What is a License Manager?
License managers are used to enforce license rights, or at least to support the enforcement. When you develop an open source program, there is no much you need to or can do to enforce license rights. The code is there and if anyone just wants to abuse the program there is nothing technical that could stop them. Closed source programs are different. (Are they?) In that case the source code is not available for the client. It is not possible to alter the program so that it circumvents the license enforcement code, and thus there is a real role for license rights enforcement.
But this is not true.
The truth is that there is no fundamental difference between closed and open source code in this respect. Closed source codes can also be altered. The ultimate “source” for the execution is there after all: the machine code. There are tools that help to analyze and decode the binary to more or less human readable format and thus it is possible to circumvent the license management. It is possible and there is a great source of examples for it. On some sites hosted in some countries you can simply download the cracked version of practically any software. I do not recommend to do that and not only for ethical reasons though. You just never know which of the sites are funded by secret services or criminals (if there is any difference) and you never know if you install spy software on your machine using the cracked version.
Once I worked for a company where one of the success measurements of their software was the number of the days after release till the cracked versions appeared on the different sites compared to the same value of the competitor. The smaller the number was for their software the happier they were. Were they crazy? Why were they happy to know that their software was cracked? When the number of the days was only one single they, why did not they consider applying stronger license enforcement measure, like morphing code, hardware key and so on?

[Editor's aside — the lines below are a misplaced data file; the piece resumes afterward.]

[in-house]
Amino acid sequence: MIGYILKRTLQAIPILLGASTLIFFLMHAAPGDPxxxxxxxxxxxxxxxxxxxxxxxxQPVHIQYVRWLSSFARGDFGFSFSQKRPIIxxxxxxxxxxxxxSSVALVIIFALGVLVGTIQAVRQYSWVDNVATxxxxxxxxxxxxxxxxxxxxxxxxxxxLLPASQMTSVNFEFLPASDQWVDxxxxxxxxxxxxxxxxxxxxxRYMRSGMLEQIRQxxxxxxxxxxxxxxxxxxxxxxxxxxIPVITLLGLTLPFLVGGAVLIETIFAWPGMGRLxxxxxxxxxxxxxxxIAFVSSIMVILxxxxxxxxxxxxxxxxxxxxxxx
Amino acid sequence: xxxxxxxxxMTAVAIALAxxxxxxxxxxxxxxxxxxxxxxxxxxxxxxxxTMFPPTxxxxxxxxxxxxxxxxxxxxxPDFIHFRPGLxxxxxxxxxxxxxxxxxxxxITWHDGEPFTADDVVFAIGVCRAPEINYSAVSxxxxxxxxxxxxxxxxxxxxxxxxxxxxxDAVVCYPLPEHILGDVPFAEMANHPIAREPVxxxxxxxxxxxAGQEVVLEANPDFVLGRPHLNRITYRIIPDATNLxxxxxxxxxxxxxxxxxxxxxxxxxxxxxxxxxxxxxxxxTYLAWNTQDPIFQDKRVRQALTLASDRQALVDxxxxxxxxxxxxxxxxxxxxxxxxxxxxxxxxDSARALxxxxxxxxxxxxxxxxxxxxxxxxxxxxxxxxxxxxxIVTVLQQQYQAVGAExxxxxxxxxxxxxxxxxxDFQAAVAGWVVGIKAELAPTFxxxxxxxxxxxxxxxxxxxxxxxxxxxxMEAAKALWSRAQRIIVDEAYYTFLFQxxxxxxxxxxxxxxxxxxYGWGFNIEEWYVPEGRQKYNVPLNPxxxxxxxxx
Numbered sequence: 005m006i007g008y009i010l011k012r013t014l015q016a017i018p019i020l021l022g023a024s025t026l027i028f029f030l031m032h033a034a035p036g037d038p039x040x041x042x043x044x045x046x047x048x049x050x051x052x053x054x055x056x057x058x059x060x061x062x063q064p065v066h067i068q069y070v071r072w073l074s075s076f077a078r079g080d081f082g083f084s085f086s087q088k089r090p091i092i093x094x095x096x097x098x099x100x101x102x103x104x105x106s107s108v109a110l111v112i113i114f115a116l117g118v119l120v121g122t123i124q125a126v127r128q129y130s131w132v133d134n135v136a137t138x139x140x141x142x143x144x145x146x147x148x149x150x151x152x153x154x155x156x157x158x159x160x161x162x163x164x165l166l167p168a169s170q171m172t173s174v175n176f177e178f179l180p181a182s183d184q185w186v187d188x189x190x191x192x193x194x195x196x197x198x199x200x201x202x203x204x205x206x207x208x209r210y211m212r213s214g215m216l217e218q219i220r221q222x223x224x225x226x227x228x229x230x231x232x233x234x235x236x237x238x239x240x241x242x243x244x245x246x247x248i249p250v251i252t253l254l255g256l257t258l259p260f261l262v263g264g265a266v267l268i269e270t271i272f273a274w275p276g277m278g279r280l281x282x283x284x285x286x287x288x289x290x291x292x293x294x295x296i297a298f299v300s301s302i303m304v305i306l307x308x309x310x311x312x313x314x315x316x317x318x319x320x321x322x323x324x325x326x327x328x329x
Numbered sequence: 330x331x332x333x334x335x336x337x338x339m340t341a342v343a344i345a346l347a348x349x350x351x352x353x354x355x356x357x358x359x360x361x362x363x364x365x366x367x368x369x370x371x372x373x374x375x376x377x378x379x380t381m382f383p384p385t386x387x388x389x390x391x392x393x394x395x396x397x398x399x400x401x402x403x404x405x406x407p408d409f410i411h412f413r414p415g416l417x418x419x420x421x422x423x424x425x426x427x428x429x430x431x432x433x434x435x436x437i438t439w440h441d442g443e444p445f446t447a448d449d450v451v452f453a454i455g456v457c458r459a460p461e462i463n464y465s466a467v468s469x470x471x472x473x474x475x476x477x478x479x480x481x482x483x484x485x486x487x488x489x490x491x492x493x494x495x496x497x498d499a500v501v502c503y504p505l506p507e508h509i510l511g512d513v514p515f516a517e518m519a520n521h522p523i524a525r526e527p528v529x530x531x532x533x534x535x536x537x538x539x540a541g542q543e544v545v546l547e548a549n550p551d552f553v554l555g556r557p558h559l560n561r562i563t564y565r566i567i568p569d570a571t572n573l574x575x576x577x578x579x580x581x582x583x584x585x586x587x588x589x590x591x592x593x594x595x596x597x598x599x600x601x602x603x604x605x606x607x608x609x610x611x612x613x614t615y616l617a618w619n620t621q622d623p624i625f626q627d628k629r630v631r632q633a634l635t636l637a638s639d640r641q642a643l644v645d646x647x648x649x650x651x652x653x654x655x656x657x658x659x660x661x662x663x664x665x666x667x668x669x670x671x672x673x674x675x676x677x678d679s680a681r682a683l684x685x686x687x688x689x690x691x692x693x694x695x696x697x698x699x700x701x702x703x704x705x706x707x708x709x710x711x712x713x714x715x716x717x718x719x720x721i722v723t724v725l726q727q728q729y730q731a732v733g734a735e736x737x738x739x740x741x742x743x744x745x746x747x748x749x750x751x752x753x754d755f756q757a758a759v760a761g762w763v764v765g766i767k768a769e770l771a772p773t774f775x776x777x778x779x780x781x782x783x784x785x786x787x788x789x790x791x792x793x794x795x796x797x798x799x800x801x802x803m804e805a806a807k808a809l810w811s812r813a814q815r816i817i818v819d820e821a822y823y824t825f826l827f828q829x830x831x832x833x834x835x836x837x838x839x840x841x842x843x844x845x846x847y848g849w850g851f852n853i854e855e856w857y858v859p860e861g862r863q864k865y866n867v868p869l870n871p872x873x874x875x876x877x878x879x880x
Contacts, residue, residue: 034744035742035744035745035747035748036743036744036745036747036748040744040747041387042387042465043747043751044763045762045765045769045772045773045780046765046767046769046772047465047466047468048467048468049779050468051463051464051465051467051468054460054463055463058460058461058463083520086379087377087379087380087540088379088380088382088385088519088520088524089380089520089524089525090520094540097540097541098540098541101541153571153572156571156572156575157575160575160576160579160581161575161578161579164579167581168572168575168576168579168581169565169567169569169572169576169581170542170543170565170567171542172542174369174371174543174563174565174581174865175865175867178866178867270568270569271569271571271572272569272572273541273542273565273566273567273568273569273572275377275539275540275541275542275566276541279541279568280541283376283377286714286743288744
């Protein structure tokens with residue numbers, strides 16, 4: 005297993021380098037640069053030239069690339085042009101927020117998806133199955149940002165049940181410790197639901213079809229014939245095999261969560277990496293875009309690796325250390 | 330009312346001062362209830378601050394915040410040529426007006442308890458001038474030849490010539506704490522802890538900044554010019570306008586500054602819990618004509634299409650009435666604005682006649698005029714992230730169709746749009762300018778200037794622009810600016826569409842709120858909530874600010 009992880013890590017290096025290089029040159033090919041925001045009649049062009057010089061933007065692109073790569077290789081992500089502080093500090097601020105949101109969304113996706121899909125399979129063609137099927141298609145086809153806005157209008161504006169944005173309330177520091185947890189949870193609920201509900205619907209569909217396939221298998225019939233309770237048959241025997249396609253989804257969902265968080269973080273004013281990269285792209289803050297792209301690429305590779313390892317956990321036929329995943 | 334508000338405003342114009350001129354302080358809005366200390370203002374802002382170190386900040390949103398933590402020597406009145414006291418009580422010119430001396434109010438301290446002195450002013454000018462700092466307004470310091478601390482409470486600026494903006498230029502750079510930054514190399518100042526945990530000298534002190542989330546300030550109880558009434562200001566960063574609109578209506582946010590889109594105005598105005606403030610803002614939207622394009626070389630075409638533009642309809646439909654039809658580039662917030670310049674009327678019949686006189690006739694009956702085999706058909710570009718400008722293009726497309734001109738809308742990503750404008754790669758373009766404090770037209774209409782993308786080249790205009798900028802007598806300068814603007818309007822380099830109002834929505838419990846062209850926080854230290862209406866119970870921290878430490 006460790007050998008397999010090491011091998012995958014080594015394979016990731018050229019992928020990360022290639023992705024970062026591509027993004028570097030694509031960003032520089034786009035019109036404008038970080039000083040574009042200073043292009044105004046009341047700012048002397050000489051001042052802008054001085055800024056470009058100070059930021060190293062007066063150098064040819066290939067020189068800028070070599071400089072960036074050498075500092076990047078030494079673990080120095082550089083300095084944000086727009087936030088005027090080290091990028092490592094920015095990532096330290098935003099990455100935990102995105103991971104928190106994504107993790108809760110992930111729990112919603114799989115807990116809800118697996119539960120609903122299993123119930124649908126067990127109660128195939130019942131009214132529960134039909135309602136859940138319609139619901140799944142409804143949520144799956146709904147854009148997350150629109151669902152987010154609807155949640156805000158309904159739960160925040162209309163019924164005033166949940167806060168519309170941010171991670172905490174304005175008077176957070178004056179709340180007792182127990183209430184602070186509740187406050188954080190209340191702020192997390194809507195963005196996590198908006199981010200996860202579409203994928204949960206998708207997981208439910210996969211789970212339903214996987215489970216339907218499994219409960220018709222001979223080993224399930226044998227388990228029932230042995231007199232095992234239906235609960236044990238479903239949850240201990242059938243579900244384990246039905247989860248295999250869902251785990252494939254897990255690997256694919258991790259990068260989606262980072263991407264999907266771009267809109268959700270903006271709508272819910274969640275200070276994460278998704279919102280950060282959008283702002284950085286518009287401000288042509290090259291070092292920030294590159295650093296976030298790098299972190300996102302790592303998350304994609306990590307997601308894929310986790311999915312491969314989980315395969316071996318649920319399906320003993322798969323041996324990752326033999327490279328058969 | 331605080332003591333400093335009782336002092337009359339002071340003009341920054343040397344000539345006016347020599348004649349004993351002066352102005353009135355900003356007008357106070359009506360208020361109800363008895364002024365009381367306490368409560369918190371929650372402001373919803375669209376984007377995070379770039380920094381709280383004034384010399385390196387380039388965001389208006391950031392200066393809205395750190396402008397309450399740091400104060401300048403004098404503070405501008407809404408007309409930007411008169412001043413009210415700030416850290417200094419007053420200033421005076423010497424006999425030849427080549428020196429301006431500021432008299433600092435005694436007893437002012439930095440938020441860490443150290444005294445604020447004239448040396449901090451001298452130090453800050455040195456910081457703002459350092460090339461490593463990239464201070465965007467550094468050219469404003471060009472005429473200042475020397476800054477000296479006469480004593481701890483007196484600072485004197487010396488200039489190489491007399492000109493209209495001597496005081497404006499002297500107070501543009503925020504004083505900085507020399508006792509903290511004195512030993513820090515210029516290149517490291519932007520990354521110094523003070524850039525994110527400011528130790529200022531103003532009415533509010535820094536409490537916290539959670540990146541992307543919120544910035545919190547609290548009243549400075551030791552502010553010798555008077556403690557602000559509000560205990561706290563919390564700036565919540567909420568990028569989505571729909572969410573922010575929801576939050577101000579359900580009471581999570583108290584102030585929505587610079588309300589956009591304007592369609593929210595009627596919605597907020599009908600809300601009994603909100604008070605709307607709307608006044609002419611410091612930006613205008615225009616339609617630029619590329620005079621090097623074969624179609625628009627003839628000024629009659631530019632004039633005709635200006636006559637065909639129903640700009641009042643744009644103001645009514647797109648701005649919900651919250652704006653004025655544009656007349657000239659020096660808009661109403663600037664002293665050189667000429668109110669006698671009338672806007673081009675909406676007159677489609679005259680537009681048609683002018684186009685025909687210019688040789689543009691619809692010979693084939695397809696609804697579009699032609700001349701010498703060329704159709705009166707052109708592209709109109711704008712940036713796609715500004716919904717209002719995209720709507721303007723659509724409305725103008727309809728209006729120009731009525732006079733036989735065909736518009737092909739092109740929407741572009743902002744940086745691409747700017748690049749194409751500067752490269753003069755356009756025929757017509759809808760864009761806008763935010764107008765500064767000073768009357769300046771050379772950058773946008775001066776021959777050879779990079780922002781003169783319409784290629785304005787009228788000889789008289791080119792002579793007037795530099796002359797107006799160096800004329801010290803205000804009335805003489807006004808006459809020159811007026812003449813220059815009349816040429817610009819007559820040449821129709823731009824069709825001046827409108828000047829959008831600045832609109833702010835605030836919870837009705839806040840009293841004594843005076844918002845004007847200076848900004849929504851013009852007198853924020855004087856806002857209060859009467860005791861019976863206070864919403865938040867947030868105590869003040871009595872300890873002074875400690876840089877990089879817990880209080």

The answer is the following. This company knows very well that license management is not to prevent the unauthorized use. It can be used that way but it will have two major effects which will ruin your business:
- Writing license management code you spend your time on non-productive code.
- License management (this way) works against your customer.
Never implement license management against your customer.
When your license management solution is too restrictive you may restrict the software use of your customer. When you deliver your code using hardware key you impose inconvenience to your customer. When you bind your license to Ethernet MAC address of the machine the application is running on, again: you work against your customer.
Set<User> != Set<Customer>
Face the said truth: there will always be people, who use your software without paying for it. They are not your customers. Do they steal from you? Not necessarily. If there is someone who is not buying your software, he is not your customer.
If you know that there is no way they would pay for the software and the decision was in your hands whether you want them to use the software or use that of your competitor what would you choose? I guess you would like your software to be used to get more feedback and more knowledge even in the area of non-customers. People using your software may become your customer more likely than people not using it. This is why big companies sell out educational licenses to universities and other academic institutions.